The menace of touts and of transport union task force members across major cities in Nigeria has become a cause for worry among transport management experts. Aside from extortions, union members are known to harass, beat, and inflict injuries on conductors, drivers, and passengers on a daily basis. Curbing their excesses through legislation has become much more imperative now that their notoriety for violence is becoming a serious threat to the industry and to national security as many prospective investors now look elsewhere while those already in the field get demoralized to the point of selling off their buses seeing that it is no longer safe and profitable.  Notwithstanding, safety is one of the most important issues in contemporary transport policies.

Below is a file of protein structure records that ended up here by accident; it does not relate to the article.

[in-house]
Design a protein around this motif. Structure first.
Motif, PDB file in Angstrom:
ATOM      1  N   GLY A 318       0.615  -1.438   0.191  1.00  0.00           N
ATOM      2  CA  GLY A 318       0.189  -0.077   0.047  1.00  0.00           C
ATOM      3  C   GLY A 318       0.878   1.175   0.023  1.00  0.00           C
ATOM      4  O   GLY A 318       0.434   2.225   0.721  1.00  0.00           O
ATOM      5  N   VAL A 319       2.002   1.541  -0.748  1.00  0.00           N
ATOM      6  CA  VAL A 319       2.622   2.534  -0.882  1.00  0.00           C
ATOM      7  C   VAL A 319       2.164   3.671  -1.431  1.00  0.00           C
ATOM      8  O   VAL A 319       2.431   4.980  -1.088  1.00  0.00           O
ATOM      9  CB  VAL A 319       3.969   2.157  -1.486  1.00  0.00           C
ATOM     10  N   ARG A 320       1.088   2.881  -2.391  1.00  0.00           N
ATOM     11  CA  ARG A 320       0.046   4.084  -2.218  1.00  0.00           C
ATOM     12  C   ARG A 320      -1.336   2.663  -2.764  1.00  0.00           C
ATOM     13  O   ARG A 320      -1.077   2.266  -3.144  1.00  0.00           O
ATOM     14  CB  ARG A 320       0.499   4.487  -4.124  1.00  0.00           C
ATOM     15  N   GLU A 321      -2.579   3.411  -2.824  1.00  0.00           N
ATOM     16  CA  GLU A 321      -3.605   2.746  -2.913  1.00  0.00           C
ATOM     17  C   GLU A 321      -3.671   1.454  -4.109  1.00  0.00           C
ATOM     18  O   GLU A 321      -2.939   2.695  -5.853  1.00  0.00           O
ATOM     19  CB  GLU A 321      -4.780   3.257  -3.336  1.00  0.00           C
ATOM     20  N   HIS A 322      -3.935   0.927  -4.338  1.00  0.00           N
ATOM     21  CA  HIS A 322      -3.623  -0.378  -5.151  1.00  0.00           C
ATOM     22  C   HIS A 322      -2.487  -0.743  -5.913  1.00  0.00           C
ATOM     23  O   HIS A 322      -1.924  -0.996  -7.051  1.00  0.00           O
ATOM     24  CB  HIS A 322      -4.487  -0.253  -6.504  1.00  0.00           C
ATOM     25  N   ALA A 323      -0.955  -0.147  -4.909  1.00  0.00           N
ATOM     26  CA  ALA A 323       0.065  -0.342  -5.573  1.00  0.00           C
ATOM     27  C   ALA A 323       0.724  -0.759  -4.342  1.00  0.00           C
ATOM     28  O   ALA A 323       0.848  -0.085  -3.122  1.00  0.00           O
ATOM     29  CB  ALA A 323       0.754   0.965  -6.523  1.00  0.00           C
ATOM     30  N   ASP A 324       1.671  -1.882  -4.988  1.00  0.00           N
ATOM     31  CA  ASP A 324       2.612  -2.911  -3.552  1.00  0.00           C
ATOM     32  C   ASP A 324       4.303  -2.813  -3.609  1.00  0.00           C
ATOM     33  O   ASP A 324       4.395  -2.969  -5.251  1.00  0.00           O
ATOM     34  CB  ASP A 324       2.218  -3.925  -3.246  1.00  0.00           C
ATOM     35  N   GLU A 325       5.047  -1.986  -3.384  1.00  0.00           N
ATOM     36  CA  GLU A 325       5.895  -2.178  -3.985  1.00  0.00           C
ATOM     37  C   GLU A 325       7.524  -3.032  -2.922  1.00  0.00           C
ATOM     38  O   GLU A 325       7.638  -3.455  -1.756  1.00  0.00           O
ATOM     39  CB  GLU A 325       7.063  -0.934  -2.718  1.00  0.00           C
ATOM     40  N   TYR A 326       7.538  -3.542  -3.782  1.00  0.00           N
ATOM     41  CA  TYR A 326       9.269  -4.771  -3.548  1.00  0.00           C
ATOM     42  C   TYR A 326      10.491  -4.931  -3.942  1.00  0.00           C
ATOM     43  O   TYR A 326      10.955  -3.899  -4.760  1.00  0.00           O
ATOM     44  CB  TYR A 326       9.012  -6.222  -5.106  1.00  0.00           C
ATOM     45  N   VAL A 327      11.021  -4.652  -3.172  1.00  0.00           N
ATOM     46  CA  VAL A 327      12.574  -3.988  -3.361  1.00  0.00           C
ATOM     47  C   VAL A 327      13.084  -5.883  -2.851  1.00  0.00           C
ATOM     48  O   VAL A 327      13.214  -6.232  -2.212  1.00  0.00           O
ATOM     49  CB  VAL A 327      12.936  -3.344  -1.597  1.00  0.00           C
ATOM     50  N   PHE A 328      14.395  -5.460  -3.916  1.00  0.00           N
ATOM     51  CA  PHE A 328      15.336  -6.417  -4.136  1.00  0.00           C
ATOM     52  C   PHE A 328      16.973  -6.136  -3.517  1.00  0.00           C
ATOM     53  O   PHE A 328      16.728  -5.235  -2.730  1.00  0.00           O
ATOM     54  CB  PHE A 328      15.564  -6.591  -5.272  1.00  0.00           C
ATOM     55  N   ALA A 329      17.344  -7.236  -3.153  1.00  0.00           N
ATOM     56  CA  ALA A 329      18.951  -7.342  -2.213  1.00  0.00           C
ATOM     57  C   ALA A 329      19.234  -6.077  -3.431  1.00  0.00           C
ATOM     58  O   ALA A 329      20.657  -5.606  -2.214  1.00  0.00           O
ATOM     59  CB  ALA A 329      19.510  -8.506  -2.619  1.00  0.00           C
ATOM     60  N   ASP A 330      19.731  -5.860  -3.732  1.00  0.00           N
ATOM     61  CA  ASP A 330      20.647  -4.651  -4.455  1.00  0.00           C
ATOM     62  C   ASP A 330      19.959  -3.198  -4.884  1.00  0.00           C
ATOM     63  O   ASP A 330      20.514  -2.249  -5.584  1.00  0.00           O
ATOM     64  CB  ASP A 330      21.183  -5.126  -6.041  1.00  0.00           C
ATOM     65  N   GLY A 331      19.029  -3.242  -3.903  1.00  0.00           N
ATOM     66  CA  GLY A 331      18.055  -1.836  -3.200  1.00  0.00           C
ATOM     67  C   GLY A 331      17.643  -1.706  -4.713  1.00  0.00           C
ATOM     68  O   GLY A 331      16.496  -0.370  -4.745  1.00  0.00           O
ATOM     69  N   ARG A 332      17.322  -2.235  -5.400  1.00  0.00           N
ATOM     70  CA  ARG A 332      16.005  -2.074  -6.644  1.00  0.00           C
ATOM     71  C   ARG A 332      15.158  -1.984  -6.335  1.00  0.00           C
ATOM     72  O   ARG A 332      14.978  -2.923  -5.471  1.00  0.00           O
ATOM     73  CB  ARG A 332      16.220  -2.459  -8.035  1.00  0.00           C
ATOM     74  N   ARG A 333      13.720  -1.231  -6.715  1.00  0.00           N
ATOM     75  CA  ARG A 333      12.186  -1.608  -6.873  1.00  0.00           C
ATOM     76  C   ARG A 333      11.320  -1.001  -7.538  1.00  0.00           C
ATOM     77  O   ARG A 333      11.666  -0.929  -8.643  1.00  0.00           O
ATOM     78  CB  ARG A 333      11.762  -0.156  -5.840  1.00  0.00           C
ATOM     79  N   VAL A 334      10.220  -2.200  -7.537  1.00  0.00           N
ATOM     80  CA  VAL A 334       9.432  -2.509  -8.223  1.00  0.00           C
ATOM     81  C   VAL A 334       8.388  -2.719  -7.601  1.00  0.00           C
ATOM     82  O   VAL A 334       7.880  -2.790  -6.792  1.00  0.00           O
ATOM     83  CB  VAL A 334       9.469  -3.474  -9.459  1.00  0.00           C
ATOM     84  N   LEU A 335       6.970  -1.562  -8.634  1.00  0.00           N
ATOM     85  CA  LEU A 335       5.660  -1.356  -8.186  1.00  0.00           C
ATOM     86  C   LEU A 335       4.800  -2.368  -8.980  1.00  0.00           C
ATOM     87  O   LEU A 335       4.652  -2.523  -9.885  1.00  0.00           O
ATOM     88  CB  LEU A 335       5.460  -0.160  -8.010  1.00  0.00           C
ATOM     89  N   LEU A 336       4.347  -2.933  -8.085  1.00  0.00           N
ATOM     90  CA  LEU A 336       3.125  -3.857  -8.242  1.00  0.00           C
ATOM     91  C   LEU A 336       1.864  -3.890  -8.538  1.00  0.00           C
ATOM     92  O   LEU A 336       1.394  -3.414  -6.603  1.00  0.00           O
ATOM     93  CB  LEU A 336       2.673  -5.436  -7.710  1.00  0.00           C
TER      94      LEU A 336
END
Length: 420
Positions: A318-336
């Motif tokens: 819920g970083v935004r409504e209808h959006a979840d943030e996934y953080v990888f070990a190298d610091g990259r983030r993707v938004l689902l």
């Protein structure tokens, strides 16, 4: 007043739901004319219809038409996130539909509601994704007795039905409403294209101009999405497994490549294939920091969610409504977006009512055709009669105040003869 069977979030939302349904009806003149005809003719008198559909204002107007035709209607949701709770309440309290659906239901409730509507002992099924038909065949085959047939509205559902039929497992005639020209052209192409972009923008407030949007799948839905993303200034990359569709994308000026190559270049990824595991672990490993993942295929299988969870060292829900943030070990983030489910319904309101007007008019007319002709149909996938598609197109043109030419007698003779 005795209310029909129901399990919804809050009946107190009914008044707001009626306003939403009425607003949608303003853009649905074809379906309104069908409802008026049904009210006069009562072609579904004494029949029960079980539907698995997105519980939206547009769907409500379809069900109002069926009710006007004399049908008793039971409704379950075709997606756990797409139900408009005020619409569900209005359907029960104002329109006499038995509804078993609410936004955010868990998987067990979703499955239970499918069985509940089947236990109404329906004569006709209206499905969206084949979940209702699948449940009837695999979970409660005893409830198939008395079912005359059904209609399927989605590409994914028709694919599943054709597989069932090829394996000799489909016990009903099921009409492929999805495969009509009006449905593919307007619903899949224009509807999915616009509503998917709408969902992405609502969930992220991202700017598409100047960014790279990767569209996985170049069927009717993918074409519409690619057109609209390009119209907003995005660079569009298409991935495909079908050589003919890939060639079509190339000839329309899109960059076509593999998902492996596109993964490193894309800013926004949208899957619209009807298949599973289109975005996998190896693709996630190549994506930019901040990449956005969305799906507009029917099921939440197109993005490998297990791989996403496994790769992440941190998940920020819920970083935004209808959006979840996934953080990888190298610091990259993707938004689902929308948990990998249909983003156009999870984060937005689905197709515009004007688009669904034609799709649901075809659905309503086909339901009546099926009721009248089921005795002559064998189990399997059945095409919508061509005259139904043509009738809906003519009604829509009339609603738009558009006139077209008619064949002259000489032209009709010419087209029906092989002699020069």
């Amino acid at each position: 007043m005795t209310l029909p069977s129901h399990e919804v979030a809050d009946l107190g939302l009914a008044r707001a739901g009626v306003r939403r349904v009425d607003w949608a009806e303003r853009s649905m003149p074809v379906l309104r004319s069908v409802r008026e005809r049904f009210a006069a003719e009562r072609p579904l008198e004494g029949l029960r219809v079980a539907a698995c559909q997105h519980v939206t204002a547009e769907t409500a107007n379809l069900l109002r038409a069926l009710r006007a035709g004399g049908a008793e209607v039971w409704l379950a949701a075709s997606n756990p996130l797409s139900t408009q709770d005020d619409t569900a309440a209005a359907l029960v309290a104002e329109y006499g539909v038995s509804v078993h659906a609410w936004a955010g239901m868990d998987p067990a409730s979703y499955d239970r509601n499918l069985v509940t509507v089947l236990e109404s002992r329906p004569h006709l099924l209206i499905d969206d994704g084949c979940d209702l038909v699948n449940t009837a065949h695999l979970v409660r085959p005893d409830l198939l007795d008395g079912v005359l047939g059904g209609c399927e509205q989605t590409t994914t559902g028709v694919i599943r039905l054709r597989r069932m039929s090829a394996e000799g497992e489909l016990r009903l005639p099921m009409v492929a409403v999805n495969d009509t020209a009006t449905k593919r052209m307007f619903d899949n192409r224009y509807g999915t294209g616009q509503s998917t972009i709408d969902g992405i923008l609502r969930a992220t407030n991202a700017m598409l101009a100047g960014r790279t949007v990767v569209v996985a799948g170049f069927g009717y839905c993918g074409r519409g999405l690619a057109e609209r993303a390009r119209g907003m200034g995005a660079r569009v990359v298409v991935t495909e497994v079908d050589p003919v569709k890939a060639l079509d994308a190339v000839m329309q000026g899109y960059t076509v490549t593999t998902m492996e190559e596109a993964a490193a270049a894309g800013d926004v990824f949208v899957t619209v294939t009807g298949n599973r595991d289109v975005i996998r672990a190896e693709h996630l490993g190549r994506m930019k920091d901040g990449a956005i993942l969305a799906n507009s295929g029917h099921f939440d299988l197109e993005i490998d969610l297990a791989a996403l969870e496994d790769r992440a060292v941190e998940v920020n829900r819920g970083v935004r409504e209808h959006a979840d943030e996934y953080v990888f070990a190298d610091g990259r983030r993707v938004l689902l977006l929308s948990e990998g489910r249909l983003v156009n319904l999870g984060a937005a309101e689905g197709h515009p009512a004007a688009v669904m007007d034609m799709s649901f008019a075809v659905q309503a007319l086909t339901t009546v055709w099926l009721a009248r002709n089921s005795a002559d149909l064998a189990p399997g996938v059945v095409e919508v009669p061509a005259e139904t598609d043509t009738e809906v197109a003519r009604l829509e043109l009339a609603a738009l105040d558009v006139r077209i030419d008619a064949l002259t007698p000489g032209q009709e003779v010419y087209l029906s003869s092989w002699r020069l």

On affordability, the situation captured by World Bank ten years ago in Lagos still exists. According to the report, the poor have one third of the average income for the city, and then the average fare, the proportion of a poor working person's income spent on transport was over 54 percent and the expenditure of someone on an average income, was more than 17 percent. These are both very high and reflect the high fares charged on private bus modes in Lagos. This is a confirmation of earlier World Bank reports of 1993 and 1997 which affirmed that urban poor in Nigeria pay a very high proportion of their income for transport services and spend long periods of time travelling and waiting for infrequent and unreliable bus services. Till date, in Lagos and beyond, fare regulations are not strictly enforced and operators tend to latch on every social or political mishap like fuel scarcity to arbitrarily increase fares.